GA Caucus takes on the TSA
Shortly after congressmen Vernon Ehlers and Allen Boyd spearheaded the formation of a General Aviation Caucus in the House of Representatives in April, the group mobilized to rein in the Transportation Security Administration’s policymaking-by-decree practices. The issue came to a head following an outcry from the general aviation community in reaction to the TSA’s Security Directives 08F and 08G, which require background checks and badges for general aviation pilots and aircraft owners operating at airports with any form of commercial service.
Lawmakers agreed with assertions by the general aviation community that the TSA has been using security directives (SDs) to bypass a rulemaking process that should, among other requirements, solicit and consider comments from affected parties. By a 219 to 211 vote, an amendment was added to the Transportation Security Administration Authorization Act that clarified the conditions under which the TSA would be authorized to issue security directives, limiting the practice only to situations involving an imminent threat and finite duration.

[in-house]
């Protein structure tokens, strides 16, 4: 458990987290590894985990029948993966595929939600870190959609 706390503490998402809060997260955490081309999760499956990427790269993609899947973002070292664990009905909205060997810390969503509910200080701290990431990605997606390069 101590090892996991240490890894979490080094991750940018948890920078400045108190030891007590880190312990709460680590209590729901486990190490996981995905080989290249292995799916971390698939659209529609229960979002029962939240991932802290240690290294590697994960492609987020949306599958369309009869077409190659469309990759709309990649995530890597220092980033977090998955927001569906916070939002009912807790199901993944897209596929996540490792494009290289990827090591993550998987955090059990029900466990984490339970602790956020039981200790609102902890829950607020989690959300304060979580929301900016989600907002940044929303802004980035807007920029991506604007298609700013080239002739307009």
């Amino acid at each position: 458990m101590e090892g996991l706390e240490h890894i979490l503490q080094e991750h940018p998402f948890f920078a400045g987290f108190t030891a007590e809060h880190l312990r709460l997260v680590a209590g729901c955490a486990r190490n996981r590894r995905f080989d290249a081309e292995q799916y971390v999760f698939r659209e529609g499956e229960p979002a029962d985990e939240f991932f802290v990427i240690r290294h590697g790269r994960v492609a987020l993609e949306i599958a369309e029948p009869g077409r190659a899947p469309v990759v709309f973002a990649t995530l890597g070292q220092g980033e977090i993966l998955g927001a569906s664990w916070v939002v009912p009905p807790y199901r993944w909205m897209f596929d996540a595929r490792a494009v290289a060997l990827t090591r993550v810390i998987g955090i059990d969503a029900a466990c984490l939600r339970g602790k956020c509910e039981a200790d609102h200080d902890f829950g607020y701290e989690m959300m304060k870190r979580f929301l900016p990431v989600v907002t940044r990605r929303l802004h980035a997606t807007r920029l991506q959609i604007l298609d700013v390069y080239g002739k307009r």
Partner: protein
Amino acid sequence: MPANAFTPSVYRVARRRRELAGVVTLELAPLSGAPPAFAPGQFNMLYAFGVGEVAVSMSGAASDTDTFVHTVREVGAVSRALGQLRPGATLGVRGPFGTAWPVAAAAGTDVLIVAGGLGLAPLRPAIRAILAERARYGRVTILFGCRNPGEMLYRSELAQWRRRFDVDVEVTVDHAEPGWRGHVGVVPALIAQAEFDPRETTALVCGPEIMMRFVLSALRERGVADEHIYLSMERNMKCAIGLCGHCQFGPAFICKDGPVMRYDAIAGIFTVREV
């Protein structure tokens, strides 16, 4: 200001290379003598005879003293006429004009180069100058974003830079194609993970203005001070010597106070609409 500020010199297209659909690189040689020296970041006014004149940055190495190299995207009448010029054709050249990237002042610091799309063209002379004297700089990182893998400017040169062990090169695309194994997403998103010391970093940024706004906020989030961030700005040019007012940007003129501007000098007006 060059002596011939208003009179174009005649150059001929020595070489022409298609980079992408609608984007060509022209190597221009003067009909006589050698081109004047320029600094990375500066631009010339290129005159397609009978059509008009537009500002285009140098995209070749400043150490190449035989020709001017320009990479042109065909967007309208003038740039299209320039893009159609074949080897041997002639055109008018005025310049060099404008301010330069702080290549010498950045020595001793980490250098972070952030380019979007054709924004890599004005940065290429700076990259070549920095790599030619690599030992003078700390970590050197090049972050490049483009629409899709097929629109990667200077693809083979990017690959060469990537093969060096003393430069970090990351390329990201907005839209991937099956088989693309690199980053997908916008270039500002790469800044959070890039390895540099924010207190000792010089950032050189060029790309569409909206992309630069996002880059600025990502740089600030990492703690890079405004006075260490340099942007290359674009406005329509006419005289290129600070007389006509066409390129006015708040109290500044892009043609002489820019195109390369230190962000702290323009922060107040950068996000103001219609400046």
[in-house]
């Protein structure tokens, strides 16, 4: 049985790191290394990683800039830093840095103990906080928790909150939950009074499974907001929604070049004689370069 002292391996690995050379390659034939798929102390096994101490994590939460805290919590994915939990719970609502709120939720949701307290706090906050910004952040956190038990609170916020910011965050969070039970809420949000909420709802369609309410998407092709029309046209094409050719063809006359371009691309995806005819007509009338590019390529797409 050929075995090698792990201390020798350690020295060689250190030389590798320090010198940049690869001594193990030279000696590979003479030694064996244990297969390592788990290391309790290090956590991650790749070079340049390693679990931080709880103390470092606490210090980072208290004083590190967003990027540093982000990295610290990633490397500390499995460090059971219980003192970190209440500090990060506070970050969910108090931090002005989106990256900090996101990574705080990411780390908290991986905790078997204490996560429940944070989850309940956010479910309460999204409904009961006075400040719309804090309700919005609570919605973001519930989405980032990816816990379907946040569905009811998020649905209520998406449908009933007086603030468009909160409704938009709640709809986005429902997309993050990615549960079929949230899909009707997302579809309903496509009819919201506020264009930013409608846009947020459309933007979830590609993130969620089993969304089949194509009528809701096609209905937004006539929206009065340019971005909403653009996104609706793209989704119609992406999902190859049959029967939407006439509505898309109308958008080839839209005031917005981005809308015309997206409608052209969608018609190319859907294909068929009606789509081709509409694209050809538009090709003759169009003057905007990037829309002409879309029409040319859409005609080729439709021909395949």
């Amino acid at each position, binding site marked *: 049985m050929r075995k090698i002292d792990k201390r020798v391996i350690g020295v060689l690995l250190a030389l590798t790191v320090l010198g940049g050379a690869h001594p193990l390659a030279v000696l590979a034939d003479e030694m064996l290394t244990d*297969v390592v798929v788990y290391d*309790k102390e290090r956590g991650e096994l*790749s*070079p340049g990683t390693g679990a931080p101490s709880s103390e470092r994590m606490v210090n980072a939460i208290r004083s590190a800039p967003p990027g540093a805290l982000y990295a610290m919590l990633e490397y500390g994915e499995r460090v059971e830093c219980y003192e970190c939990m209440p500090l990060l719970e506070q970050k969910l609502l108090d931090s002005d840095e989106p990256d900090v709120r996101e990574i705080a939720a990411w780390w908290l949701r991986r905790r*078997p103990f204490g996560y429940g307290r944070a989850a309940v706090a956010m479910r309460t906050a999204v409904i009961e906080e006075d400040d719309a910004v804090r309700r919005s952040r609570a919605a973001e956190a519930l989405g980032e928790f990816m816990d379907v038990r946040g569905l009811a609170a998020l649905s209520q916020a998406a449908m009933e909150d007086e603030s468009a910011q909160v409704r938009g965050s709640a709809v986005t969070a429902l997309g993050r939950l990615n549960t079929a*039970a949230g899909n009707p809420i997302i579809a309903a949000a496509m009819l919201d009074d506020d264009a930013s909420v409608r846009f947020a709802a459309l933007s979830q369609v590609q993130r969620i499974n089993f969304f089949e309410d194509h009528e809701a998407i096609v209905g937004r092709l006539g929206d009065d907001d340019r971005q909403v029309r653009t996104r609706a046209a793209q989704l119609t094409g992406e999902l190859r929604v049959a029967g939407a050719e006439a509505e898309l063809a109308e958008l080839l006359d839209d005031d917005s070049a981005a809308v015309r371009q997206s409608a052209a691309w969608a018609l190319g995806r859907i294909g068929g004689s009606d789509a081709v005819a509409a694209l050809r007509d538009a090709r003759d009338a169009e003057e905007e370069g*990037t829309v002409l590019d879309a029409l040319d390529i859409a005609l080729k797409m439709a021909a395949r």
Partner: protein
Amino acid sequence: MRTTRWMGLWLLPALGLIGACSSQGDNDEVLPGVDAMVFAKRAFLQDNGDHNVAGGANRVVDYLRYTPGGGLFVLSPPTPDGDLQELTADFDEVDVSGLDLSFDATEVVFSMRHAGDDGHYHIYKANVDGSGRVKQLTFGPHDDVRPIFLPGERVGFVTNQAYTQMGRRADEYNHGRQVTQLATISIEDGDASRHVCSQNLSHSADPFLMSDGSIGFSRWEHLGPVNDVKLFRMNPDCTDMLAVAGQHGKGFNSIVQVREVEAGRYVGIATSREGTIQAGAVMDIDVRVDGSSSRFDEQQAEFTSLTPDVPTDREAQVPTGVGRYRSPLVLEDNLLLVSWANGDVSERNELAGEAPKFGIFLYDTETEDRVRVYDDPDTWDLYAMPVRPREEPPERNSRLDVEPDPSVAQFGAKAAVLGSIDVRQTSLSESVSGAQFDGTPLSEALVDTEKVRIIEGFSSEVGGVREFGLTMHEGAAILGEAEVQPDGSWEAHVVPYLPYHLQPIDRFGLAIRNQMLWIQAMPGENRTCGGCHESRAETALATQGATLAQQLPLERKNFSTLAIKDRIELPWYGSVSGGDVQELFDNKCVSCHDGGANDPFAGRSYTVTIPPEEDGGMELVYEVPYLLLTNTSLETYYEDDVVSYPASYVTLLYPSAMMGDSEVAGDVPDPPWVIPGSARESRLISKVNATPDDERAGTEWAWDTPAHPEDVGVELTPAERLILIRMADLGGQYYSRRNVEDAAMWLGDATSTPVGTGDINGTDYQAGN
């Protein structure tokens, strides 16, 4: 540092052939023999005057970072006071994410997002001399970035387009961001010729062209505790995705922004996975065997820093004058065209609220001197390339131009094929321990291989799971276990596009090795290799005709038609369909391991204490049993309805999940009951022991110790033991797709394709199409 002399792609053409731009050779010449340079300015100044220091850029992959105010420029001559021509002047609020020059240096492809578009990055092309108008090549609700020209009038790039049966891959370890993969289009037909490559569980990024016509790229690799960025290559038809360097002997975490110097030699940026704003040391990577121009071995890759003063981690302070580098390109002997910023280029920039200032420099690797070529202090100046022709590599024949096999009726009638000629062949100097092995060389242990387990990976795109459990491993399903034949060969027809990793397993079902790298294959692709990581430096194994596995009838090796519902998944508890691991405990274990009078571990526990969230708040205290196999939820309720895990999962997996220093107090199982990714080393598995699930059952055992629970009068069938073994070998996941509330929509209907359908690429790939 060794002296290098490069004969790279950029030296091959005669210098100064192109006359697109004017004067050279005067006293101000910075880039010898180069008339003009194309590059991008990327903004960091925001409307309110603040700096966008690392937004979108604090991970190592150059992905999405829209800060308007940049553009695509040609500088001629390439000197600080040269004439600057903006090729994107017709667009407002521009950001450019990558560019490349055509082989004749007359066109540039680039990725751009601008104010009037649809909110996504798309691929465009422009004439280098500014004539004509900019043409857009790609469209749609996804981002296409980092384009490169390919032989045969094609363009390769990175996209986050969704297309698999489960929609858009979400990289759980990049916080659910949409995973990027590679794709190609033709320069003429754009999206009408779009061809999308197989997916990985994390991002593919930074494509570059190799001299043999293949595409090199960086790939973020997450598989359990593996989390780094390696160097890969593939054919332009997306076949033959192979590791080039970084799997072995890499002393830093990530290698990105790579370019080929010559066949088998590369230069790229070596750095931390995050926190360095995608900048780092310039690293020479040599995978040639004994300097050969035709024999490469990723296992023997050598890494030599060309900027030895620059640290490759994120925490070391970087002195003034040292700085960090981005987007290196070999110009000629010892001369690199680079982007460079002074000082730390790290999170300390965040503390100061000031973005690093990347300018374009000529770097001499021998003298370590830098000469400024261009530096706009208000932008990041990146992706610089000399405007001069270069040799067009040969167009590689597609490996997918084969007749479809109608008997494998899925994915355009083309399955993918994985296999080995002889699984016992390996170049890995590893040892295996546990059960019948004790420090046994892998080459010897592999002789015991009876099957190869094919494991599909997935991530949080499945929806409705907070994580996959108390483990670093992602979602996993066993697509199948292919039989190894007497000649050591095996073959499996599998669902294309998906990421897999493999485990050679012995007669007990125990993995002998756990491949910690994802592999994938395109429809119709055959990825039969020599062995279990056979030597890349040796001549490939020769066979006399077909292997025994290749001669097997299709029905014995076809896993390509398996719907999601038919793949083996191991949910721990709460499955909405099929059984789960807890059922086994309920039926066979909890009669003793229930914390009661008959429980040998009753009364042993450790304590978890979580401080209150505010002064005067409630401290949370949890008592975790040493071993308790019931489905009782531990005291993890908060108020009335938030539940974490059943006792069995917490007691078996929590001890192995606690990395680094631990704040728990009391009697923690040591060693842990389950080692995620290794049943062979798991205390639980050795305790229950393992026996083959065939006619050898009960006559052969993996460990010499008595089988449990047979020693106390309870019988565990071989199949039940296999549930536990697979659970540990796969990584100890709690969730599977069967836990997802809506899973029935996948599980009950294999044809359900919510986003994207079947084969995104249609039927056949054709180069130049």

The General Aviation Caucus worked collaboratively with NBAA, the Aircraft Owners and Pilots Association (AOPA), the National Air Transportation Asso- ciation (NATA), the General Aviation Manufacturers Association (GAMA), the Experimental Aircraft Association and the Airports Council International.
“We have seen the TSA repeatedly use SDs to vastly expand existing requirements without consideration of the implementation challenges, operational impacts and economic burdens such mandates impose on the aviation industry,” GA Caucus members wrote to Rep. John Mica (R-Fla.), the amendment’s sponsor. “Our most recent experience involves the expansion of security credentialing requirements to tens of thousands of pilots and employees at airports and aviation manufacturers without due consideration and process.”
The amendment’s sponsors, cosponsors and major supporters on the GA Caucus included Mica, Boyd (D-Fla.), Ehlers (R-Mich.), Sam Graves (R-Mo.) and Thomas Petri (R-Wis.). The Transportation Security Administration Authorization Act (H.R.2200), which was passed on June 4, authorizes TSA programs and funding levels through 2012. Among the provisions is formation of a general aviation security working group to ensure industry stakeholders have input on new security initiatives. Also in the legislation is a grant program for $10 million in security improvements at GA airports.
Despite the House vote, H.R.2200 must either be introduced and voted on as a companion bill in the Senate or be reconciled with a different Senate bill in conference later this year.
Ehlers, who is taking flying lessons, and Boyd, who is a pilot, joined as co-chairs to promote to the Congress and the Obama Administration the value of general aviation to the nation’s economy and transportation system. More than 50 members have signed on to the GA Caucus.
Critical to Jobs and Economy